The way AI system works is that it searches for similar patterns that have occurred in the past and compares current cases, and where they are common can recommend decisions with minimal or no human intervention. But the AI system requires a vocabulary that describes the claims business policies – and in most firms this is locked into the existing software system, all muddled up with design and computer language specifics. In larger insurance firms it typically requires teams of business analysts working for multiple years to reconstruct the complexity of the firm’s claims policy in a well-structured manner that can be used to guide claims adjudication.

For most insurance firms therefore this requires a significant modernization project. The systems often need to be redeveloped to use the rationalized policy base and AI based decisions. From this description it will be seen that there’s a massive amount of work going on to make all this happen. Existing systems development personnel are typically not skilled in the new development or AI technologies, but they are expert in the existing claims business policy and are commonly employed in developing and managing the business rules base. Similarly claims adjudicators are commonly subject matter experts and play a critical role in these tasks as well as quality assurance, systems testing and governance. The reality is that when the business rules knowledgebase and AI system are operational and mature the number of human adjudicators actually making decisions on claims will reduce. But there are many new roles in the redevelopment and subsequent operational phases that mitigate the overall reduction in headcount.

So returning to the Japanese case study we might speculate why the press release focused on job losses. First industry experience is that modernization efforts like this are undertaken to reduce and govern claim pay-outs. Labour costs of the operational system are less important. Also, while the press release concentrated on the AI element of the adjudication system, it is quite likely that the company would have been involved in a major effort such as described here, at least to rationalize the business rules involving many people over multiple years to re-establish the existing claims system, and retraining of staff to establish the business knowledge bases and preserve the deep skills and expertise. The case study reported increased productivity of 30%, ROI in two years, cost savings of £1m per year all set against a system cost of £1.4m. These costs seem trivial compared to the real cost of development that most firms in this situation would need to spend.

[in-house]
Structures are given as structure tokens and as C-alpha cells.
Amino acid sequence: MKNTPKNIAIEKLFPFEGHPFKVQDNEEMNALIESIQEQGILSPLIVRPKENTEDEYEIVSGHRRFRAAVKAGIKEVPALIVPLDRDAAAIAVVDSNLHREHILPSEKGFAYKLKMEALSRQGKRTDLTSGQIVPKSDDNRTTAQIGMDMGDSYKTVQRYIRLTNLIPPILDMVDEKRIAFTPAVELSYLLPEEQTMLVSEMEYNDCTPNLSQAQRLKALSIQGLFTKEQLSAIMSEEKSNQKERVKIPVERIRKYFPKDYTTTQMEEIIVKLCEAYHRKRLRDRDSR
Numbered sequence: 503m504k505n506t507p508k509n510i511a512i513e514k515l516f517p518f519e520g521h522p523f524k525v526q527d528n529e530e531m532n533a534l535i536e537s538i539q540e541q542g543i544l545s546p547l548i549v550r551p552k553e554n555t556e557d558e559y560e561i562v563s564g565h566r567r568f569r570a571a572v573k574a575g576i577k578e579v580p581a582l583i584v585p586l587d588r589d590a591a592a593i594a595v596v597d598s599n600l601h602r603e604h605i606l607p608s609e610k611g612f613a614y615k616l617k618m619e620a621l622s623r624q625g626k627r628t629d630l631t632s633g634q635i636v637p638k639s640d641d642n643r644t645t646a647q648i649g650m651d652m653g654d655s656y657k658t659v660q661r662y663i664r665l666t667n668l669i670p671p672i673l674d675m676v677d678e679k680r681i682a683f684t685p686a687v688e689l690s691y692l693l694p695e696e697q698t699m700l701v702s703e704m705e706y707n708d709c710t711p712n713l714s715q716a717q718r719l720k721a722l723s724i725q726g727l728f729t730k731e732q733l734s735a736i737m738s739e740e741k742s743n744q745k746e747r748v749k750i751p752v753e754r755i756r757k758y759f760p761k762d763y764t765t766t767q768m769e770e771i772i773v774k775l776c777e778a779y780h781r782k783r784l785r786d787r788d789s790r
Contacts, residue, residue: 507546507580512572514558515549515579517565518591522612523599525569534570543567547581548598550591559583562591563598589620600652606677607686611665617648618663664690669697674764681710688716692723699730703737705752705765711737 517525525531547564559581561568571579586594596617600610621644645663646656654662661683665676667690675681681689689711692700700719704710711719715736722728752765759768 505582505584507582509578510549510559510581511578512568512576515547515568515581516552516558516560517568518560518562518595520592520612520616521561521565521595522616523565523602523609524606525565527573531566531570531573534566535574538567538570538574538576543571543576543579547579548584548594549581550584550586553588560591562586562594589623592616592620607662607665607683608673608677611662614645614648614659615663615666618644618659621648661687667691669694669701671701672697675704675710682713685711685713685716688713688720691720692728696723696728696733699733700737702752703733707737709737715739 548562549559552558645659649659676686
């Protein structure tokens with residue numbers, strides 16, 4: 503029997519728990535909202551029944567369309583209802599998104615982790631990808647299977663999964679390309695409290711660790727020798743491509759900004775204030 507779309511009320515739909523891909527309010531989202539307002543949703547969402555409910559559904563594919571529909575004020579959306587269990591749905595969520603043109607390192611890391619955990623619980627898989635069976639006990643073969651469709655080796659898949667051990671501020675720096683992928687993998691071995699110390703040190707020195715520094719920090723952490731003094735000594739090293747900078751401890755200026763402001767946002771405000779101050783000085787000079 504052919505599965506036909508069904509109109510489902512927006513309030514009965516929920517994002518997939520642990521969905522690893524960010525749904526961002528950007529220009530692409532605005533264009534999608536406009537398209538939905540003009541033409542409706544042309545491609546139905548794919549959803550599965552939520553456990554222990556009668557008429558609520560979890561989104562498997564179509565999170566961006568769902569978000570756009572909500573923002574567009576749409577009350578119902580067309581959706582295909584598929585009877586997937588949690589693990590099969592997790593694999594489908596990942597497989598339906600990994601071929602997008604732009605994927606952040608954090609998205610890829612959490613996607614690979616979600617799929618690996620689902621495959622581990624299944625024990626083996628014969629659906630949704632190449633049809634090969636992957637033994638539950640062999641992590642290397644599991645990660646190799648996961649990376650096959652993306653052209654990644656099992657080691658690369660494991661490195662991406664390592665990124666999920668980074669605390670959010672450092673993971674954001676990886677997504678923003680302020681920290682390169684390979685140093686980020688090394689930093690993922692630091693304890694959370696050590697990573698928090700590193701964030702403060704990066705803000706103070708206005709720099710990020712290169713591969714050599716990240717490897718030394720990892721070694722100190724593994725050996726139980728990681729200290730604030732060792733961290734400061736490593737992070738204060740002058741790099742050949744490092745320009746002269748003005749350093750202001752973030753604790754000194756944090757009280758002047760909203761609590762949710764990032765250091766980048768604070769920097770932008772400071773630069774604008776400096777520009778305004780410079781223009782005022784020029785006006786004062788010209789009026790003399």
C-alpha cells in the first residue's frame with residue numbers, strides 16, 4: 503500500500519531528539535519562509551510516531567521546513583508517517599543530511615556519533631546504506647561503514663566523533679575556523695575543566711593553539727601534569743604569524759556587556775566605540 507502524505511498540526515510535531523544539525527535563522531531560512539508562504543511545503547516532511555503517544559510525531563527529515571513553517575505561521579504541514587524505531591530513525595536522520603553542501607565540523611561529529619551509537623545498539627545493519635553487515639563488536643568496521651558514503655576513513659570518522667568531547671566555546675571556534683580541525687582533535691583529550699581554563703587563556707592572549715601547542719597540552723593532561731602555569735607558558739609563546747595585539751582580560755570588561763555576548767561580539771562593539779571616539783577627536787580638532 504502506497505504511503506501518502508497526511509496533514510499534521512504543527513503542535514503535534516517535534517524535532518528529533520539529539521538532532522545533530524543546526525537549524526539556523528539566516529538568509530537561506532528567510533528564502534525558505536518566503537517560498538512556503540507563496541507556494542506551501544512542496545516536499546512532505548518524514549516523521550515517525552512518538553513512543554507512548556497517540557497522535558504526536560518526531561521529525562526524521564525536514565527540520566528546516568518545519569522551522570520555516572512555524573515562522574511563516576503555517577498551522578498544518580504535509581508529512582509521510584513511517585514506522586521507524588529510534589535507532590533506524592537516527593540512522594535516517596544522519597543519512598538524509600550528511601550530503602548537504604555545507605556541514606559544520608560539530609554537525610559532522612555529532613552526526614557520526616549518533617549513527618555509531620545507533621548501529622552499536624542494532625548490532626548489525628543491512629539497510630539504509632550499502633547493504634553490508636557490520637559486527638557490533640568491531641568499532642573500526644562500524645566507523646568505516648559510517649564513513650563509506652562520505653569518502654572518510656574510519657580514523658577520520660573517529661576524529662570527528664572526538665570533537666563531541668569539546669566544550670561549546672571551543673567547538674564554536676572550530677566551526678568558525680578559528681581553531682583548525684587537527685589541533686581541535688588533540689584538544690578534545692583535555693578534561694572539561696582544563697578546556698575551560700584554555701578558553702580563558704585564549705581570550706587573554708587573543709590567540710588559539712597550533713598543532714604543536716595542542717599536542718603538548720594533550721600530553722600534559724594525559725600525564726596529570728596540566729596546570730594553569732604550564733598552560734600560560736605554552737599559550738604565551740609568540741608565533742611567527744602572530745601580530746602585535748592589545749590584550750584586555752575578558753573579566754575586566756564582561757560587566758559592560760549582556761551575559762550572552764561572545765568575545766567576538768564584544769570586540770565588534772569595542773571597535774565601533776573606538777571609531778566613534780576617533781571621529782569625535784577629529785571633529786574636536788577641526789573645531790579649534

I note IBM CEO Ginni Rometty spoke last week at Davos, and delivered a clear message to business and political leaders that artificial intelligence will not lead to mass redundancies any time soon. Similarly, in an interview last week Microsoft Chief Executive Officer Satya Nadella said, “Microsoft Corp. and its competitors should eschew artificial intelligence systems that replace people instead of maximizing their time.”

New technologies always cause change in skills and roles. This is entirely natural. However, experience shows that as roles evolve and disappear, new roles emerge. In the early stages of any new technology it’s often difficult to envisage what those new roles will be. However, as discussed experience to date shows that the new technologies always require massive efforts to realize. And skills development and lifelong learning is going to be even more important than it is today. Clearly leaders in some tech companies have got the message that it’s not a good idea to promote their technology as job elimination. Let’s hope the media will reflect that message.

About davidsprott

Artist, writer, veteran IT professional